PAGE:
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China Real Estate Market - Mortgage/Home Loans

By Xiannian Ye
 

This article is from realtor.org. Please contact the author with any questions.

The housing mortgage system currently in China has just started. Several cities have enacted legislation and regulations to provide guidelines for mortgage processing on real property. For instance, in Guangzhou, the local government published regulations handling mortgages and required domestic mortgage lender to be licensed by a central bank.

The maximum period of home loan repayment is 30 years. Prospective homebuyers are normally required to pay down 20 percent of the purchase price out of their own savings. It's not unusual to see buyers to put down as much as one-third or half of the cost of a new home in cash mainly thanks to the high saving rate (about 45%) and limited financing resources.

The biggest provider of home mortgage loans in China is the China Construction Bank (CCB). The housing loans made by the four state-owned commercial banks were RMB355.6 billion (about U.S. $43 billion) in 1999 according to a report. Of the total loans, RMB217.2 billion (about U.S. $26.3 billion) went to real estate developers and RMB 126 billion (U.S. $15.2 billion) to the mortgage loan sector accounting for about 35% of the country's overall real estate loan amount at the end of 1999.17 From January to November of 2000, the home mortgage loan amount was RMB 296 billion (about U.S. $36 billion). Since the market is so new that most homebuyers do not have significant collateral to back up a loan. Most banks require borrowers to have a guarantor. Foreign lenders are not allowed into home loan area at this time. But this will change after China's accession to the WTO.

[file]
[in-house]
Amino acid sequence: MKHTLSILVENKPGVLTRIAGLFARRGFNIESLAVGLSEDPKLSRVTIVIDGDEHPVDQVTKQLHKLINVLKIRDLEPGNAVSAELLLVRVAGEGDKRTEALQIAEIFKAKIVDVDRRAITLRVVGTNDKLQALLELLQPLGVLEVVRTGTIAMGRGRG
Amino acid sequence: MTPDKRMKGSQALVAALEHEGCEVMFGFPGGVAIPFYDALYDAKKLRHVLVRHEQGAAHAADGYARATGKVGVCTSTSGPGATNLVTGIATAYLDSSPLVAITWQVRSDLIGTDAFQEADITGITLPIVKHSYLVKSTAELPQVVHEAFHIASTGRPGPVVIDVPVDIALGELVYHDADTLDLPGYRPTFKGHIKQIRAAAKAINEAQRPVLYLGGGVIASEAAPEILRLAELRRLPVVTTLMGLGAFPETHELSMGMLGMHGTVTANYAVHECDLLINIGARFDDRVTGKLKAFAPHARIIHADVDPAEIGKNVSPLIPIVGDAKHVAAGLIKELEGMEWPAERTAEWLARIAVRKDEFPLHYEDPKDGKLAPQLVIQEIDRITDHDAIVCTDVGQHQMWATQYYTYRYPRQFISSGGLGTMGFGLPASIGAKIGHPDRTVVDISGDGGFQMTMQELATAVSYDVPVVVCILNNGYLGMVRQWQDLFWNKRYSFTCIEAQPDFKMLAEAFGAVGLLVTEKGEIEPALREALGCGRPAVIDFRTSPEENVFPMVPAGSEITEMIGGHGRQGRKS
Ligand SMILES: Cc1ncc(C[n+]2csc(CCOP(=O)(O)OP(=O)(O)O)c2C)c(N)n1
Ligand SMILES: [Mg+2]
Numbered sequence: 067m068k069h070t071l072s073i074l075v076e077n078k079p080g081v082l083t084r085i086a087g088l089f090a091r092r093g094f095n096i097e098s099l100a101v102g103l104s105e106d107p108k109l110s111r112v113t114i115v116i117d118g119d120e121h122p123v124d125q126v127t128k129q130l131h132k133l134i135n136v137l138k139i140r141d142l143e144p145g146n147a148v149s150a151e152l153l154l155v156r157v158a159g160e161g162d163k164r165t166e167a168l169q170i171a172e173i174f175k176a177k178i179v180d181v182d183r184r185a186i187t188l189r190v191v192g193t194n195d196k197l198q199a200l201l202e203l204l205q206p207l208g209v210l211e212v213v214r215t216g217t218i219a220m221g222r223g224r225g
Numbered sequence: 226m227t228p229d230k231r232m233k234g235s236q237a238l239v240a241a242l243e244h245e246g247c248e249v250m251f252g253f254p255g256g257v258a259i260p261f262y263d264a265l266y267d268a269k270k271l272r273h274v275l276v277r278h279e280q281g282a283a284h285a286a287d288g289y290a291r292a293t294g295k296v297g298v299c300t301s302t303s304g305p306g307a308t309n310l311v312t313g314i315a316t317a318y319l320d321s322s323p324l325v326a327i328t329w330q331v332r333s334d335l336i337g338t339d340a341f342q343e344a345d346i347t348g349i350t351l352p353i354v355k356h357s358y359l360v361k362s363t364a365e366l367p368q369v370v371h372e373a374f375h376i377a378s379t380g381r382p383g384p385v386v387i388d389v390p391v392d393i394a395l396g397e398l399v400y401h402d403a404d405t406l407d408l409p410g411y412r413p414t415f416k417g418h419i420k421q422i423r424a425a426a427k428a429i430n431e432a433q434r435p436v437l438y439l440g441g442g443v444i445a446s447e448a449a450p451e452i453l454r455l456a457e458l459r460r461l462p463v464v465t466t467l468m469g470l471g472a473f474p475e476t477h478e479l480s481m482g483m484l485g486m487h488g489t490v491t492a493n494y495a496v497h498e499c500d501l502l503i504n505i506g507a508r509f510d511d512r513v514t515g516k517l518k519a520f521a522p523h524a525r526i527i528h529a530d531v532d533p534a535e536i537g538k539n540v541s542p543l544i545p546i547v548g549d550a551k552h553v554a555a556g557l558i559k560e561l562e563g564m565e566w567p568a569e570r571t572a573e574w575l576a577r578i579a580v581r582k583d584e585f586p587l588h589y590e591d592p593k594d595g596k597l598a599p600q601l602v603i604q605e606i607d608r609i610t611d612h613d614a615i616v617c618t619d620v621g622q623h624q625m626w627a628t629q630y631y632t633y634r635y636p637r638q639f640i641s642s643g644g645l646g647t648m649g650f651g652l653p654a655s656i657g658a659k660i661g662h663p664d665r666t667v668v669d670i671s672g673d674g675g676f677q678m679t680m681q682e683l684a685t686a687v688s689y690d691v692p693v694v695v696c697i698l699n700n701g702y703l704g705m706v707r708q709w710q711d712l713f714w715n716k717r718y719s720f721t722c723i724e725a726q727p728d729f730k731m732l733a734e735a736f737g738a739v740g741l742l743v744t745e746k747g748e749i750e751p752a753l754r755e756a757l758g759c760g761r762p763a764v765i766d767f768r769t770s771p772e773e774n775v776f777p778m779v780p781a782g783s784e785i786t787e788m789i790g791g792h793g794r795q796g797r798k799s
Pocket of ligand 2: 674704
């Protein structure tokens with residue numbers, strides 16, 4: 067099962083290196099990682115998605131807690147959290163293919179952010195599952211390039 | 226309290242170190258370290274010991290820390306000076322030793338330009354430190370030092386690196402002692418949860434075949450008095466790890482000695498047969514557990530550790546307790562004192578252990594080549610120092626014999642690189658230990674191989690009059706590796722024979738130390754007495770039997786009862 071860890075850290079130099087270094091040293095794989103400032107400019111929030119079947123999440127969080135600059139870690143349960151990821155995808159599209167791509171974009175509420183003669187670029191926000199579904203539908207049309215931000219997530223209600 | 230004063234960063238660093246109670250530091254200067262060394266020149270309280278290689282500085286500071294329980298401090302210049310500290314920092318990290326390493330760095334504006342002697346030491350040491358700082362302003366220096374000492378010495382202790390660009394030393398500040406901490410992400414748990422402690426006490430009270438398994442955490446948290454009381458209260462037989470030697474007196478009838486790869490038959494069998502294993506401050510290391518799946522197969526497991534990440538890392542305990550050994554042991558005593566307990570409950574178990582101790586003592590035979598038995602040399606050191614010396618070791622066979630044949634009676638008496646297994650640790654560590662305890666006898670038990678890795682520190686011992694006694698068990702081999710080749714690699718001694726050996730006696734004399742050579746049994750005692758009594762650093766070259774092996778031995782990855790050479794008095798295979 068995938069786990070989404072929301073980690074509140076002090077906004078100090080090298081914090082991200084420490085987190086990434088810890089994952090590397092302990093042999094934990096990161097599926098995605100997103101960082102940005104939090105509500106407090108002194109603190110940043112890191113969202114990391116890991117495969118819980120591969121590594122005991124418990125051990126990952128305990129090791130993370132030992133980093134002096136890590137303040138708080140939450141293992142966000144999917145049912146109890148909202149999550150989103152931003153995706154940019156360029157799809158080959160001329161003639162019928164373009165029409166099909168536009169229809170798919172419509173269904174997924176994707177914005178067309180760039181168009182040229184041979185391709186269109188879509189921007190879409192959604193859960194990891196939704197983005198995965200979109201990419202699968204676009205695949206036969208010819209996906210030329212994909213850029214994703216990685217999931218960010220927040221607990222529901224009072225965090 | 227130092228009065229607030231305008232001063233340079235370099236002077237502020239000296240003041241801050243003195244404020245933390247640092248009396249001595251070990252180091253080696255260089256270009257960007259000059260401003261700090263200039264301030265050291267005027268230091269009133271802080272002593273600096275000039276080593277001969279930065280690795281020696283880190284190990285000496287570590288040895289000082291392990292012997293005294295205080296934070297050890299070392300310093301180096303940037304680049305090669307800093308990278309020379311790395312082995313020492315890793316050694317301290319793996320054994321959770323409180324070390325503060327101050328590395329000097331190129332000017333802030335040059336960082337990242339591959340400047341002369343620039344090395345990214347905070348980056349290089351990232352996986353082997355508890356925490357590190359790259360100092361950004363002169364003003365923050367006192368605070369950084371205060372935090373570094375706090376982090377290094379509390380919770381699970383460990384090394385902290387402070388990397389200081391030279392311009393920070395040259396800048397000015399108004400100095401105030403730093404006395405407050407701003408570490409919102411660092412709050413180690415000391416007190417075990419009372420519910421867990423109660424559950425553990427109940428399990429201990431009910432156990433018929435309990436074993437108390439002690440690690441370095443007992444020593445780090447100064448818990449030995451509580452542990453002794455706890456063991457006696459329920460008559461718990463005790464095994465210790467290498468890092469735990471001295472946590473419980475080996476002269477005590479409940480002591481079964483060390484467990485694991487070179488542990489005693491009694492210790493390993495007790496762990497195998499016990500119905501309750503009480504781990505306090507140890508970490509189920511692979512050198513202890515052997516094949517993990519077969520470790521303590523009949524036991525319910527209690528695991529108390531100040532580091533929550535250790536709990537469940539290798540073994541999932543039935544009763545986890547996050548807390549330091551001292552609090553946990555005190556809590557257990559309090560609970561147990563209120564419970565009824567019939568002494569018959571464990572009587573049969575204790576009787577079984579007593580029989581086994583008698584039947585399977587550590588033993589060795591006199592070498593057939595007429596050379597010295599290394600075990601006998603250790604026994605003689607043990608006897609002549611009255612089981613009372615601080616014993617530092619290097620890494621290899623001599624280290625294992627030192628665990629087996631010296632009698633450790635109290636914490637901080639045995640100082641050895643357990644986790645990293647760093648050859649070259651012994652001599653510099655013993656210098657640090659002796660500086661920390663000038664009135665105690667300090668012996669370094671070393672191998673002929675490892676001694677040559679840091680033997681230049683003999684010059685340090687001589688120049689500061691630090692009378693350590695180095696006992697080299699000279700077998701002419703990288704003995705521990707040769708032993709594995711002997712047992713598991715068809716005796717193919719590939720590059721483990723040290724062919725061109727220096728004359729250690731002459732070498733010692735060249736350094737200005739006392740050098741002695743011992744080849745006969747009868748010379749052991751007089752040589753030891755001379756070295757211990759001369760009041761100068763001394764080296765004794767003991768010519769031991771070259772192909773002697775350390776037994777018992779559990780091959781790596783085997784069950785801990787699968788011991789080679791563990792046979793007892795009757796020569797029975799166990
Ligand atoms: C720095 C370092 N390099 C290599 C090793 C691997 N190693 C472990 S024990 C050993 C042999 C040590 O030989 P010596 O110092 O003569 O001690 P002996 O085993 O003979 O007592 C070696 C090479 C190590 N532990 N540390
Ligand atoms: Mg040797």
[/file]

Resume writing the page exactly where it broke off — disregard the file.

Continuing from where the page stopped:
In addition to bank loans, city workers may also borrow money from the housing provident funds (Zufang Gongjijing) if their companies or work units are participants of the funds. The fund allows employees to contribute four to eight percent of their salaries into the fund. The employers then pay a matching five percent of payroll. The interest rate in the provident funds is usually lower than those offered by banks. By September of 2000, 67.77 million employees nationwide have joined housing provident funds.

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